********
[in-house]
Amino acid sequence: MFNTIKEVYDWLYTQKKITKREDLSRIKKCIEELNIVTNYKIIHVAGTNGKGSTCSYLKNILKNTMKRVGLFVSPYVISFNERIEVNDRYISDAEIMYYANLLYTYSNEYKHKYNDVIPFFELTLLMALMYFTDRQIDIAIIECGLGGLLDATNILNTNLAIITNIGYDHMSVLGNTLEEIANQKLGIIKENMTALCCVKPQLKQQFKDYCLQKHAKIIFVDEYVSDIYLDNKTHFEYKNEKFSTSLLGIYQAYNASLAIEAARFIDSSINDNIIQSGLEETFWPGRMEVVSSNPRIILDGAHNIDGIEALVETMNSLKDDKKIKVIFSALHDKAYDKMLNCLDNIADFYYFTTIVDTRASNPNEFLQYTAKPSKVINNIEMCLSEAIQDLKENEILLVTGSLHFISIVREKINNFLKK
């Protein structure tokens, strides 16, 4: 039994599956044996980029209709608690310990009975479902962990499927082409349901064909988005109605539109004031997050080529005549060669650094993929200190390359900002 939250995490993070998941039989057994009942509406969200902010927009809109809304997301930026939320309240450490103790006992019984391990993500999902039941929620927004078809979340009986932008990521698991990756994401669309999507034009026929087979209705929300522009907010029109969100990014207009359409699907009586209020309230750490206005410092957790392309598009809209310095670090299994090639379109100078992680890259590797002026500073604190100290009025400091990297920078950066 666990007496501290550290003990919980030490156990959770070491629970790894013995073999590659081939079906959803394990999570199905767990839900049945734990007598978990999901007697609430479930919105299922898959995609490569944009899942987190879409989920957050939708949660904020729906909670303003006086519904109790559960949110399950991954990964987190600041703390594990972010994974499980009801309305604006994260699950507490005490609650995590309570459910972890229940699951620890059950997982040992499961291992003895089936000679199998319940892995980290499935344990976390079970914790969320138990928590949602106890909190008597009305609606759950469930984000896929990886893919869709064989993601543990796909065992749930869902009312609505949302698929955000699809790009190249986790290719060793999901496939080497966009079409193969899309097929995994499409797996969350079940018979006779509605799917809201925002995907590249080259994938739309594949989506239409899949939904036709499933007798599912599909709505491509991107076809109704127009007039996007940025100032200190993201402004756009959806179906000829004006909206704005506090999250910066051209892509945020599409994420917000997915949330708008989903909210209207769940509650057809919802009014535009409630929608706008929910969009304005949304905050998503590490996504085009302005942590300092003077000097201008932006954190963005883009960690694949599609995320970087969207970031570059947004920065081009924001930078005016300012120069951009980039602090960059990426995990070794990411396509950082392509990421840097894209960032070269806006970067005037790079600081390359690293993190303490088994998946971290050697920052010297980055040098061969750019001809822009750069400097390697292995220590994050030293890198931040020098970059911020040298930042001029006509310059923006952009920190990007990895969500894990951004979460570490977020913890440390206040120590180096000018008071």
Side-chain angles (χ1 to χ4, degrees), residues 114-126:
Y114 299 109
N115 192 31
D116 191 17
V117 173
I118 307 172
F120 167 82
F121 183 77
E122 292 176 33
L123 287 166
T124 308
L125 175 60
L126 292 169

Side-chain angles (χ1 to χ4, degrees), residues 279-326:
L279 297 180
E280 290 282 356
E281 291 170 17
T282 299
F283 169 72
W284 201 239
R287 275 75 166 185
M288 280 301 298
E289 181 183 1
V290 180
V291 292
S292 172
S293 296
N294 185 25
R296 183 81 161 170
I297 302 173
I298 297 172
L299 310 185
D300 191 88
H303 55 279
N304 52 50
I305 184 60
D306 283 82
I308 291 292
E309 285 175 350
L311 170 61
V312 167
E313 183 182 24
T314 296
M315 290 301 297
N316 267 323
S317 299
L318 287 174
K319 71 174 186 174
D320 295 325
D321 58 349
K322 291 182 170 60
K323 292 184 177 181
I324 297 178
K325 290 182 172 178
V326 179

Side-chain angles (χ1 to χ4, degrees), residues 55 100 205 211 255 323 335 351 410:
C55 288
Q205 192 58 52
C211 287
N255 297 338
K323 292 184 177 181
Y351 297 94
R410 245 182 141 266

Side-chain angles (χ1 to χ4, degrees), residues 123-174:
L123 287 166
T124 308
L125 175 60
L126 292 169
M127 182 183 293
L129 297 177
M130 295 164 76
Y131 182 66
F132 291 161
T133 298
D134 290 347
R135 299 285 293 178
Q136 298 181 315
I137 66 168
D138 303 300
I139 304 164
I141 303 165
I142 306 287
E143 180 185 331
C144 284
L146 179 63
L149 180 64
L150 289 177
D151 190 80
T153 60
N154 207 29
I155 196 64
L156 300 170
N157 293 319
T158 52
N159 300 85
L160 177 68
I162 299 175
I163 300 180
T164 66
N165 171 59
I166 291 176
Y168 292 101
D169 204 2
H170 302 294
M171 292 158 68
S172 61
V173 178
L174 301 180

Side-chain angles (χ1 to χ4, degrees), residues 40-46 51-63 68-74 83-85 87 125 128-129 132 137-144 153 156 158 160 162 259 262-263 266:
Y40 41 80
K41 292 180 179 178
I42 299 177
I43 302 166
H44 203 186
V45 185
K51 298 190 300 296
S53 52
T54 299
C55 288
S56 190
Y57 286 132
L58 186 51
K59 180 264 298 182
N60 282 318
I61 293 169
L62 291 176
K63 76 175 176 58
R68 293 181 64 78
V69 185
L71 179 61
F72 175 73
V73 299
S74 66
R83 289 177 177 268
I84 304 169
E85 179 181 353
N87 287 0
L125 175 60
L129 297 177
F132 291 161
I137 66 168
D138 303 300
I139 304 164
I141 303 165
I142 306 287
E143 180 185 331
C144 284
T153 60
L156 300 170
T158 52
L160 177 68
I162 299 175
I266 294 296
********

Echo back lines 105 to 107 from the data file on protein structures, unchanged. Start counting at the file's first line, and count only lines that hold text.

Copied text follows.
Y168 292 101
D169 204 2
H170 302 294